One of the biggest stories over the past two weeks is the controversy over the newly passed religious freedom law in Indiana. The backlash caught a lot of people by surprise, partly because the purpose and significance of these laws has evolved a bit over the past 20 years since Bill Clinton signed a federal law with the same name in 1993, but also because of how much the political notion of “religious freedom” has changed in recent years. Garrett Epps and German Lopez write about this history and why this particular law is different and causing an uproar.
I also think it’s worth reading both Amanda Marcotte and Jacob Levy on this. Marcotte comes from a more liberal perspective and Levy from a more libertarian one. But I think Marcotte makes the key point for me here:
The backlash is kind of surprising, when you consider that it’s already legal to discriminate against LGBT people in Indiana without having to pull the Jesus card to do it. Pence’s maddening dishonesty might be fueling the rage: Lying plus bigotry is a toxic combination. But there’s another factor that’s helping push this past the tipping point of “another story about conservative bigotry” to national scandal. Liberals are getting fed up with this ridiculous conservative push to redefine “religious liberty” to mean its opposite, using it as a phrase to justify Christian conservatives forcing their religious beliefs on you and depriving you of basic religious freedom.
Marcotte goes on to cite the Hobby Lobby court decision, which defined this narrative more clearly for a lot of people. Hobby Lobby’s desire to keep their employees from having easier access to birth control through their health benefits isn’t a matter of corporate executives exercising their own religious freedom. It was an attempt by a powerful employer to impose their religious beliefs on their employees. The fact that Hobby Lobby won at the Supreme Court certainly has people on edge about how radical ideas of religious freedom could potentially be recognized and become accepted.
In the case of Indiana’s new law, a small business owner refusing to serve gay customers is the same dynamic. If a florist or a baker refused to provide their services for an interracial marriage, we wouldn’t consider that to be someone exercising some valid religious objection, we’d see that as just plain bigotry. It’s hard to understand how doing the same regarding a gay wedding is any different.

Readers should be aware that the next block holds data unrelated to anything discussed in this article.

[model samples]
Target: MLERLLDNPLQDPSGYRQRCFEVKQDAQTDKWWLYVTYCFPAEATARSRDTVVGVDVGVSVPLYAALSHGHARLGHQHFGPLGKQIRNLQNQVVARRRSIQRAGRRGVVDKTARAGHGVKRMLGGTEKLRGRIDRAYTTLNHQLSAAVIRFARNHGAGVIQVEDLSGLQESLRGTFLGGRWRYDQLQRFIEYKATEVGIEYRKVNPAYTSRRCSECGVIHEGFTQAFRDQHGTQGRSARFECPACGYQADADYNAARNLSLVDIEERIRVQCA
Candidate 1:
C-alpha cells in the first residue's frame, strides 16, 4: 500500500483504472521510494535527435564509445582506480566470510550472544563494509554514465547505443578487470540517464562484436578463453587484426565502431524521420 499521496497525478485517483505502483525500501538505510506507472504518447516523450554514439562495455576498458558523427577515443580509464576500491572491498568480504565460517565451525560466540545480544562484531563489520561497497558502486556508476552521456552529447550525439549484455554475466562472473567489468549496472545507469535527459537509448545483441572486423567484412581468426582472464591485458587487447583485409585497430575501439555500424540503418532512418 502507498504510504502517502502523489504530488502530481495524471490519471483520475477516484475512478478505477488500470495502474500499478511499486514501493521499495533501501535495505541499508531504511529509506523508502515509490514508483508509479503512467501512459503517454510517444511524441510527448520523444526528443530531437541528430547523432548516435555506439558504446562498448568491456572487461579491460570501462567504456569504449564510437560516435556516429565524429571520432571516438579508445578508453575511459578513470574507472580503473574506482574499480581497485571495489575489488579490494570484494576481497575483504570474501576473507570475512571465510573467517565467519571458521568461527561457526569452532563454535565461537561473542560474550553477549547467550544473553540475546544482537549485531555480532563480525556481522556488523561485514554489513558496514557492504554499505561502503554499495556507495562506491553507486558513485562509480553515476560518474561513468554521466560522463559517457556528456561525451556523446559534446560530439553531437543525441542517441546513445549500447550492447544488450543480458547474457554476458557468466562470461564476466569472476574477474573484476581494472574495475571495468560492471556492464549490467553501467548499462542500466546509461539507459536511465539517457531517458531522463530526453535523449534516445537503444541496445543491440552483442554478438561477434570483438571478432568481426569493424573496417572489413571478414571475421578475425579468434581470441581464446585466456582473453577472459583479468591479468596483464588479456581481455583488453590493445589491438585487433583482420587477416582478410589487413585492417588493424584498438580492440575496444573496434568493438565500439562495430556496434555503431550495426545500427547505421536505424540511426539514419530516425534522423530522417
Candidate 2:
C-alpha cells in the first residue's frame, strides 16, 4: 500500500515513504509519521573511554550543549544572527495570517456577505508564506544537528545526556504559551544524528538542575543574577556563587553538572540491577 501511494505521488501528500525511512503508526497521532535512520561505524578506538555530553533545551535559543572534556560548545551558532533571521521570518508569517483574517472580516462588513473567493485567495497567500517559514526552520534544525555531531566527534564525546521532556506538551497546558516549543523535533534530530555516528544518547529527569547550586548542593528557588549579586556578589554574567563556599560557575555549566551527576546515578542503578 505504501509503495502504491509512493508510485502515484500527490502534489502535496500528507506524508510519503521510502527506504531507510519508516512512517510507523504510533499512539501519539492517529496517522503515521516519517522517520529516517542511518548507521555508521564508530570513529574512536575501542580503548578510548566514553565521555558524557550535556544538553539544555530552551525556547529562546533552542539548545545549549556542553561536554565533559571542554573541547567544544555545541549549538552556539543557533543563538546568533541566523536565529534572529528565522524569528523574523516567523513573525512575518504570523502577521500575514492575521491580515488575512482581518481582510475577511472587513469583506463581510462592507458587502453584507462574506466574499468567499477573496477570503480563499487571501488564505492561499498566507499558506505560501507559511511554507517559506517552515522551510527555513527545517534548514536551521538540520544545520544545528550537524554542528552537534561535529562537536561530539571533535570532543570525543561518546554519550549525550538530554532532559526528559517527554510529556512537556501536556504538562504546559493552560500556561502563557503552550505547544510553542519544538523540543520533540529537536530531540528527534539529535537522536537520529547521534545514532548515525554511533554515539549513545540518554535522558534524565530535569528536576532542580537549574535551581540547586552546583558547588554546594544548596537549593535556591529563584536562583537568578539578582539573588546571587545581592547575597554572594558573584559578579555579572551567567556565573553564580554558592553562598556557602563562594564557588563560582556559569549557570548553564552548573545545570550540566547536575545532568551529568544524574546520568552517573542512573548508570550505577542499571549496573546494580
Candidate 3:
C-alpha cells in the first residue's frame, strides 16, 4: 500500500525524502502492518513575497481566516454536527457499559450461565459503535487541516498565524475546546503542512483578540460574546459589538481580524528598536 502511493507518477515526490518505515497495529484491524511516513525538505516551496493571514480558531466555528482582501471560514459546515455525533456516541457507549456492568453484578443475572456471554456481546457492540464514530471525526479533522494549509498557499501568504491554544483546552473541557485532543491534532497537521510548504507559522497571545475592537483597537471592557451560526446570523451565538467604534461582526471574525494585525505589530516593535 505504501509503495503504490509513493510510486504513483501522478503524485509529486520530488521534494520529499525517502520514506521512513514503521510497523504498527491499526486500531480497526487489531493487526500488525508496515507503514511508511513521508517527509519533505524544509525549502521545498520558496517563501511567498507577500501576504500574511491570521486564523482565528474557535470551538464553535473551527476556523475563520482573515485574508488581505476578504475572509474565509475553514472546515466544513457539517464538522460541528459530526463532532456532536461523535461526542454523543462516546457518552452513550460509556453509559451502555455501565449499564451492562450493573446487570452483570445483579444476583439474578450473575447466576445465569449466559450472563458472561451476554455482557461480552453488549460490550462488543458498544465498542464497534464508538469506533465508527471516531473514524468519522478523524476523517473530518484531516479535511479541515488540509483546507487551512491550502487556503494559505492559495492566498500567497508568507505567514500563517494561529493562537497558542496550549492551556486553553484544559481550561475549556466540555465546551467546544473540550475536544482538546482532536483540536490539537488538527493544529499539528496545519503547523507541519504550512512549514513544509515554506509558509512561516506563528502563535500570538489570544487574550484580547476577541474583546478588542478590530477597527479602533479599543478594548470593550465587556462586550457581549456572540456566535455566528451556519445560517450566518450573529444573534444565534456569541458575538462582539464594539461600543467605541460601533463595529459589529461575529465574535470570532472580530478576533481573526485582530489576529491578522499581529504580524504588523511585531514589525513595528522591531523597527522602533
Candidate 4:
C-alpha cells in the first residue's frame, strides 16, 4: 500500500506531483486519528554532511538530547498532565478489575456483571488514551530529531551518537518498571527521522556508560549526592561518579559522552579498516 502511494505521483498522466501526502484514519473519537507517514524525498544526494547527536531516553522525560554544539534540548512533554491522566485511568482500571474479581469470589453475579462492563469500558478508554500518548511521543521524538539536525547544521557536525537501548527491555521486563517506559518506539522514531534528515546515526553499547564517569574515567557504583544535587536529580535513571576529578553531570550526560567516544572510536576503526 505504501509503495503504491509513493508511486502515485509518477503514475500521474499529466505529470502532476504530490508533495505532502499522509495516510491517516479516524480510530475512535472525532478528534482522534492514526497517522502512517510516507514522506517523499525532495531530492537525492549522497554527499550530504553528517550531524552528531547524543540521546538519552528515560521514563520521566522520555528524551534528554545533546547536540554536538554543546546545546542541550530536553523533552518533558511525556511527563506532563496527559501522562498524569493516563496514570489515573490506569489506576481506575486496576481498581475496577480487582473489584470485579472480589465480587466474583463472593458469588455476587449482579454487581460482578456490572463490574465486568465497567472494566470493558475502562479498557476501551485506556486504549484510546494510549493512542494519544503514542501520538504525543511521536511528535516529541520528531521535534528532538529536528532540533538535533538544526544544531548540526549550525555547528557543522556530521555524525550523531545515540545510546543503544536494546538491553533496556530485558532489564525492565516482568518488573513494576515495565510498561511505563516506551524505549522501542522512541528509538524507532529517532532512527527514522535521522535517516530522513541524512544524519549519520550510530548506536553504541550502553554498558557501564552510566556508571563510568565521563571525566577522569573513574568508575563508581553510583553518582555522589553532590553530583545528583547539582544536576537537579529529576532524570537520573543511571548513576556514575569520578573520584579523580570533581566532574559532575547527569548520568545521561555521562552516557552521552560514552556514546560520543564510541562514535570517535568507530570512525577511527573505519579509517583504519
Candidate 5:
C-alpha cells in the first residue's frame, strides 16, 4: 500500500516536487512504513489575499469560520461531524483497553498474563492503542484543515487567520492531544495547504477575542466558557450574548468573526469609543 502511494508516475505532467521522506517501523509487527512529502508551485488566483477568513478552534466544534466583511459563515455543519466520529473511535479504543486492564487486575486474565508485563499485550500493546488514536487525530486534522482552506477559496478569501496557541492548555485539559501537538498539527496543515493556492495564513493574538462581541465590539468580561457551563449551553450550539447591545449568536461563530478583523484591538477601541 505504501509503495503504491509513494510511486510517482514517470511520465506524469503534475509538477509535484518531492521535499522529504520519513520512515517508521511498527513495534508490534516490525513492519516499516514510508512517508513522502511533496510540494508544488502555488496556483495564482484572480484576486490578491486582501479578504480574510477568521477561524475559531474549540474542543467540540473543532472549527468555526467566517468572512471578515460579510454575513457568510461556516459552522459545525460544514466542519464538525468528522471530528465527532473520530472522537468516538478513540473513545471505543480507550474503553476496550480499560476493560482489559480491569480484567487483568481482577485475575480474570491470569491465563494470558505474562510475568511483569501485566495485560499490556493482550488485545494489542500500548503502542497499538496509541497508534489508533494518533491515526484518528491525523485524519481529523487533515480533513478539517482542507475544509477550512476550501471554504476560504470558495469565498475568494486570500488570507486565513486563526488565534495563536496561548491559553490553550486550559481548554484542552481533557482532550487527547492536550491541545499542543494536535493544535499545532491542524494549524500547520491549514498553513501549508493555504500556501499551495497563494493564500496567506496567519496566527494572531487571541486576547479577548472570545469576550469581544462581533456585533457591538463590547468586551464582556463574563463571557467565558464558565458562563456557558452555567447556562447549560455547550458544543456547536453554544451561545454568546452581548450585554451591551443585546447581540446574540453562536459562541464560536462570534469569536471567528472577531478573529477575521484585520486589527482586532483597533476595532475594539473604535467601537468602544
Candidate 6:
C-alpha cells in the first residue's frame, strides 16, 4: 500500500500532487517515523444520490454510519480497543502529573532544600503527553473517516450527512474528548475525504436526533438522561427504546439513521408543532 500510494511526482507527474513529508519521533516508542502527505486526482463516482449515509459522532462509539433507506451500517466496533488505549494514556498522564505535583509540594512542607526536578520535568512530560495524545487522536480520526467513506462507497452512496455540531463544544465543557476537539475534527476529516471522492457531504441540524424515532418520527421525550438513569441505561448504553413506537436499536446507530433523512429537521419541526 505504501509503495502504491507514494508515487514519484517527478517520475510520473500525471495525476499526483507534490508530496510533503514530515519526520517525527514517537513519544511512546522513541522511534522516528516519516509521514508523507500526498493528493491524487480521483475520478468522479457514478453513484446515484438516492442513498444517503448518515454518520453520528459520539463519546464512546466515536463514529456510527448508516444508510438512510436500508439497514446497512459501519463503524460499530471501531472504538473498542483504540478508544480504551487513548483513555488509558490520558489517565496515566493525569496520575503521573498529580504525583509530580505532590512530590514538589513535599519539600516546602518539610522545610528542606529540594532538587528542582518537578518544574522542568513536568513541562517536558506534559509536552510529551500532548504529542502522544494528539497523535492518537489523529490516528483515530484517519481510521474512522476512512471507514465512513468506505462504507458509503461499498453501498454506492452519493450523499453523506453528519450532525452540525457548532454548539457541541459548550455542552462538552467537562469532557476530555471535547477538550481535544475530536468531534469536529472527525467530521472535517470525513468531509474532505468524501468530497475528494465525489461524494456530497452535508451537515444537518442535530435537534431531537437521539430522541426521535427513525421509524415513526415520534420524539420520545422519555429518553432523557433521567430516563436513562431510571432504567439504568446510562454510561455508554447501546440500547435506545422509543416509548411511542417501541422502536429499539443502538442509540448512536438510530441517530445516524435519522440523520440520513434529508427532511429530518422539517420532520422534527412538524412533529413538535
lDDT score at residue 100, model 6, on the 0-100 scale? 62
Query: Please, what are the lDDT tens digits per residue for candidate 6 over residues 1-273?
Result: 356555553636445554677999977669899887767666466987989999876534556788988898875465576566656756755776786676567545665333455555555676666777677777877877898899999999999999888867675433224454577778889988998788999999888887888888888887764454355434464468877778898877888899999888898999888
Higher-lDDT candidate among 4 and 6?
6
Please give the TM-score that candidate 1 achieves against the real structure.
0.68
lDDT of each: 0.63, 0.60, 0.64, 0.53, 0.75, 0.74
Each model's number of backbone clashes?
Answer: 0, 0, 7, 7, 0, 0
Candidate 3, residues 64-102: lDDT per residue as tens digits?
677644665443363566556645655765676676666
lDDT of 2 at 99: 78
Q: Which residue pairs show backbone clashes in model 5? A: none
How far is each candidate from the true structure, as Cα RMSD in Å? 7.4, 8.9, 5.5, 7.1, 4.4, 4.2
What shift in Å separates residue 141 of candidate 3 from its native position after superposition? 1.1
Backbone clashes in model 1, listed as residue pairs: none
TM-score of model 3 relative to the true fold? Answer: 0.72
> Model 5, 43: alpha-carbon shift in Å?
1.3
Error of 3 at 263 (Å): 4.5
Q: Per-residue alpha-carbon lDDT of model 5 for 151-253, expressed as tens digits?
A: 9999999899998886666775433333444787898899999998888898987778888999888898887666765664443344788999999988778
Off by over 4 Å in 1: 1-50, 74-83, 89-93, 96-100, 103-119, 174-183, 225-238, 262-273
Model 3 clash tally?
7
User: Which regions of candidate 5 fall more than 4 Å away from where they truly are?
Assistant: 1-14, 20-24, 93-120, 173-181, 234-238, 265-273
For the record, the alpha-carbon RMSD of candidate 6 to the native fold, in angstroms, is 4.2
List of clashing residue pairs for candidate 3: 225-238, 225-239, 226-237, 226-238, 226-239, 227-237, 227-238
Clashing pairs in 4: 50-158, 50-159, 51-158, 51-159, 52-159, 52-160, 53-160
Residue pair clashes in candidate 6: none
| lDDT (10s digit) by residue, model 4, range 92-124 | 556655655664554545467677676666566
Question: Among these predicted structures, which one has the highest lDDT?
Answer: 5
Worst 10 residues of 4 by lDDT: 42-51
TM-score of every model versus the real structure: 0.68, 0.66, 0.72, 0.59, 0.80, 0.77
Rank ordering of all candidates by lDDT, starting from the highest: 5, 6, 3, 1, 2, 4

This is why we now see the backlash. It isn’t the actual severity of the law, it’s the fact that it’s furthering a particularly cynical notion of religious freedom, one that is clearly rooted in bigotry and bad faith. It’s about the fact that Indiana chose to go in this direction, rather than passing anti-discrimination protections for gays and lesbians. And it’s about making clear the political risks of continuing to pander to those who are in denial about the recent awakening we’ve had as a nation regarding the rights of LGBT people.
More news from the past two weeks…
Supreme Court justices Kennedy and Breyer told a House sub-committee that our mass incarceration policies aren’t working.
John Oliver discusses how we’ve criminalized poverty.
Radley Balko writes about a recent court ruling on drug raids and how it encapsulates the insanity of what the police are allowed to do in order to keep people from smoking pot.
Matt Sledge and Hunter Stuart write about how police body cameras could change police investigations.
Shaun King writes about the record number of exonerated prisoners in 2014.
A bill has been introduced to the U.S. House of Representatives (after a similar bill was introduced in the Senate) to allow for medical marijuana in the medical marijuana states and to provide greater freedom for use of the drug within Veteran’s Affairs.
Marcy Wheeler challenges the recent AP reporting on the history of NSA’s phone record surveillance.
FBI Director James Comey continues to fight against tech companies like Apple for providing encryption to customers in order to better safeguard their privacy.
ACLU is suing to get data on TSA’s absurd effort to use behavior detection specialists in their screening process.
Border Patrol Agents in Arizona are being sued for incinerating a man inside his own car.